Subtitle: “A Non-Partisan Political Rant”
I grew up in Massachusetts. In Massachusetts, voters registered as Independents can vote in the Presidential primary of their choosing, and this always seemed to be an eminently reasonable way of doing things. The goal of the political process is to include as many people as possible, and this allowed voters who didn’t identify with either party to vote for anyone they felt like in the primaries. Unsurprisingly, I knew many Independents, and may have been registered as one myself at one point, I’m not sure.
(I do know that I launched my one and only ill-fated contrarian campaign for Mitt Romney against Ted Kennedy in 1994, but that was more of trying to show that I was an independent thinker in what I considered brainwashed Massachusetts. Young and foolish. Let’s move on.)
In New York, this is not the case. Independents cannot vote in the Presidential primaries. I was talking about this with a friend last night, who said that the logic behind it was likely an attempt by the parties to prevent any “gaming of the system” by, say, preventing independent Democrats from showing up and voting for a bad Republican candidate. The Web site Daily Kos recently advocated this strategy against John McCain in Michigan, encouraging Democrats to vote for Mitt Romney, and I’m rather disgusted by the whole affair. (You can’t make a name off complaining about the dirt in politics and then start throwing it yourself, the same way you can’t complain about the arguments made by a certain group of football fans, then start making them yourself). I think these fears are overblown: it doesn’t happen very often, and when it does, the faux electorate is opening up a Pandora’s Box by messing with the will of the people. Everyone stands to lose and almost no one stands to gain.
Still, that’s the law here in New York. Yet I know many people who are registered as Independents, likely because they don’t want to be classified as “belonging” to any political party which they don’t believe in wholeheartedly. For most of the elections here, that’s basically saying that they want to be kept independent of the process, instead of the Massachusetts ethos, where you independently choose where and when to enter it. My boss, who is more or less a pacifist who’s registered as an Independent, came in asking, “Did Hillary win New York?” I told him, “Of course,” and he answered, “That’s bullsh*t.” While I am an Obama supporter, my response was, “You don’t participate, so you have no right to complain.” And he doesn’t.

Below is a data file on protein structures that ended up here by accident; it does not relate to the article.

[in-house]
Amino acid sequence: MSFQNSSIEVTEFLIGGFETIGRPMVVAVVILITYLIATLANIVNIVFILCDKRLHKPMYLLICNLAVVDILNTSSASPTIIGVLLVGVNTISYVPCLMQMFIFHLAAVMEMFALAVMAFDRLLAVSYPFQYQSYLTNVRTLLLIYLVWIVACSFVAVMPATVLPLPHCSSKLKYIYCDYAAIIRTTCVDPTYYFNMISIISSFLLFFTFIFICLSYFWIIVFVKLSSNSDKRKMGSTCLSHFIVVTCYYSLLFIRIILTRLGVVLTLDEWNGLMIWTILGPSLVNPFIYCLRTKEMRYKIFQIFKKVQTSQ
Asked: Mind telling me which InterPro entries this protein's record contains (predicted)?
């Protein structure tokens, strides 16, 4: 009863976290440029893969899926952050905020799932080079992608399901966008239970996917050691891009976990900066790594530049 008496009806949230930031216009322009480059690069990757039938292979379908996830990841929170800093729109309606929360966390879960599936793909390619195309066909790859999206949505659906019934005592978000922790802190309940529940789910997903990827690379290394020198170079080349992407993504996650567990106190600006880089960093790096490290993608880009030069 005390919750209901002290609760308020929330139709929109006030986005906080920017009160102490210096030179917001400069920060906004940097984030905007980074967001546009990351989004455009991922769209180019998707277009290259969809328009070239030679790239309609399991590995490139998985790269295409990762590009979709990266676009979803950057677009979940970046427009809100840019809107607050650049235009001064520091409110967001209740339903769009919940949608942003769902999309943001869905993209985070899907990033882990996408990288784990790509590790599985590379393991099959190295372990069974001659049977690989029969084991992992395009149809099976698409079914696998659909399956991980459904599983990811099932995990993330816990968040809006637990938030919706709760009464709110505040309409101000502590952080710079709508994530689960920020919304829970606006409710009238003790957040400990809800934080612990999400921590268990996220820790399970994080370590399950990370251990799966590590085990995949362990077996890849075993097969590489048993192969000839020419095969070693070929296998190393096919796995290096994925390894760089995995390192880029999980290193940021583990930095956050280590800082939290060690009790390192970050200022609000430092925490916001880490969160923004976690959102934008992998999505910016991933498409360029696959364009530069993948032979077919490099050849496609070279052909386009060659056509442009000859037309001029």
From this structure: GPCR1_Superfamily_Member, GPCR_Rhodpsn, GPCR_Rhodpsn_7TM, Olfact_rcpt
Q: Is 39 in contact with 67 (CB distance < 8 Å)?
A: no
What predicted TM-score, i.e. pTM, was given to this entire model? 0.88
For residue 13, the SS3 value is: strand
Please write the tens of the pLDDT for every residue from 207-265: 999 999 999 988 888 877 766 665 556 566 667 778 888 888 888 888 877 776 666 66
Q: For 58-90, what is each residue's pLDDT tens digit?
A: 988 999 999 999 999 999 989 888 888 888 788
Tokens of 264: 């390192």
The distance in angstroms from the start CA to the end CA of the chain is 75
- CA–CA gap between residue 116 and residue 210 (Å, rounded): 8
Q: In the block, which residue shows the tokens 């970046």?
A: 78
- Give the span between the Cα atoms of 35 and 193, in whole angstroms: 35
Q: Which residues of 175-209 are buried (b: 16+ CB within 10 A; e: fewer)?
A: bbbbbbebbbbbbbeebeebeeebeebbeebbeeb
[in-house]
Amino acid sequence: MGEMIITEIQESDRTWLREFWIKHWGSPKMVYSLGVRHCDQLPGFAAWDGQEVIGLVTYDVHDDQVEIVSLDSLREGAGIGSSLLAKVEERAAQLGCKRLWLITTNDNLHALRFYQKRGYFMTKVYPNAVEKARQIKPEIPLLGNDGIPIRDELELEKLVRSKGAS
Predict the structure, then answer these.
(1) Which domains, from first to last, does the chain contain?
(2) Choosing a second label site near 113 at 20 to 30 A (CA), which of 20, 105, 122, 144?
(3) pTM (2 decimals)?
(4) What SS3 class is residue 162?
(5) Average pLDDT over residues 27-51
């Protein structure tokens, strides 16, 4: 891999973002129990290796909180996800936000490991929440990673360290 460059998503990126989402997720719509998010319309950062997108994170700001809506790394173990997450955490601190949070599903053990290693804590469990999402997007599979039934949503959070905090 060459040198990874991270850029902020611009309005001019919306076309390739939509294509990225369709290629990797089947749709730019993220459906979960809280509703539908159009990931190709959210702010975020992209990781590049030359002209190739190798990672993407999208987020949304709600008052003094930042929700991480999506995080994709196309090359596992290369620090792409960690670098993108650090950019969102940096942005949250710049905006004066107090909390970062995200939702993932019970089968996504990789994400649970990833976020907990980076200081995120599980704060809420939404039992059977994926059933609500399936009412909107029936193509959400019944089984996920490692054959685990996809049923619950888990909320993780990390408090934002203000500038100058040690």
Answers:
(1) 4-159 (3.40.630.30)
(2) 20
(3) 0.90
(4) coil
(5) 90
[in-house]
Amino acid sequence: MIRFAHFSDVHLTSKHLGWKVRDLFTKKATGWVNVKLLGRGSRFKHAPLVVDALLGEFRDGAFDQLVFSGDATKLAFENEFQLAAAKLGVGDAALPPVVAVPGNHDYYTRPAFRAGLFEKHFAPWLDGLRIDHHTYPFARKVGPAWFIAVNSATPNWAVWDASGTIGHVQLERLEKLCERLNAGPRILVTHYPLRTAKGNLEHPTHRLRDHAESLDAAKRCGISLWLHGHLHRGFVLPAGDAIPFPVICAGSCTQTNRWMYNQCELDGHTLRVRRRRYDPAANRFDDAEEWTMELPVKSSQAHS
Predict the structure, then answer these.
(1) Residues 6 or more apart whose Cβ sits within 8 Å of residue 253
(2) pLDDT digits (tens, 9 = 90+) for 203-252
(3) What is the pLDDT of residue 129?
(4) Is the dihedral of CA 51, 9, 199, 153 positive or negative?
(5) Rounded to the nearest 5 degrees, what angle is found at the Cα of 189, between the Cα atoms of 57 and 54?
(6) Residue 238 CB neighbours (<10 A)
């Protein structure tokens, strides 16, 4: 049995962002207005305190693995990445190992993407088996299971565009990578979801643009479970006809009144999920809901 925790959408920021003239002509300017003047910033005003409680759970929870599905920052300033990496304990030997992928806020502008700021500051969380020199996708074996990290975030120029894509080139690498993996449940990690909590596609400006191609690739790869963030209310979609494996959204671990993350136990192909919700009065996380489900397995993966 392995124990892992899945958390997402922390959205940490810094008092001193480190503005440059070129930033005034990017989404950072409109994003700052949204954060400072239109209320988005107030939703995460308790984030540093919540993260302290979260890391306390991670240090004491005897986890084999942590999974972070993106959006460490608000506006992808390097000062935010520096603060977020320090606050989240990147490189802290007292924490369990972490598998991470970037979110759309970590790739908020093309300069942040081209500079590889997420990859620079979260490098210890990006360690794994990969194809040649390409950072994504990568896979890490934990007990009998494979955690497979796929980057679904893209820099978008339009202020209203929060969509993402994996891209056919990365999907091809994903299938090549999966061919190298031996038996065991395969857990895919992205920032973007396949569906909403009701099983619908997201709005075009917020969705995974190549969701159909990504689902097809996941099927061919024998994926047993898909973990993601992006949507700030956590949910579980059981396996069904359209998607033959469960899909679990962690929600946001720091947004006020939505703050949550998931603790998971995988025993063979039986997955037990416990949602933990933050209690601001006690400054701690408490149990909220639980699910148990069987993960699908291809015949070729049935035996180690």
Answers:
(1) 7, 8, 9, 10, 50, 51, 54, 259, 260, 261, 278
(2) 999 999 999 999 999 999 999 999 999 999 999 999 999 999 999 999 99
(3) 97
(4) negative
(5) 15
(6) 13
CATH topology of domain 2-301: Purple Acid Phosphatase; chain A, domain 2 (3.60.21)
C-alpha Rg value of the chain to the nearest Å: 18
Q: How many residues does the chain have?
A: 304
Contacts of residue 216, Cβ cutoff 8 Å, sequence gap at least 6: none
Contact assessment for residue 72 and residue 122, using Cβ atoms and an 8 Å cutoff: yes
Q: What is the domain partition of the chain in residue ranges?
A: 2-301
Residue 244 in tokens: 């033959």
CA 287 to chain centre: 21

Let’s look at what party registration really is: it’s filling out a little box on a piece of paper. Even if you want to be registered as in Independent on principle for the long haul, it would take less than one minute to change your registration to vote in the Presidential primary. This campaign’s been going on for more than one year, so there was ample warning for this change. City residents can print the form here, and non-city residents can do it here. Then you send it in the mail and a little birdy sends you a confirmation a few weeks later that everything is changed. Ta-Da! You can switch from Democrat to Republican to Independent and back to your heart’s content (since originally posting, I have found out that a lot of this is not true). You can alternate parties by month, or based on the Knicks’ record. You can do whatever you want. You’re beholden to nobody. You’re independent to choose whomever you’d like to vote for (which always includes the option “None of the Above.”) An independent voter who actually gets to vote — what a concept!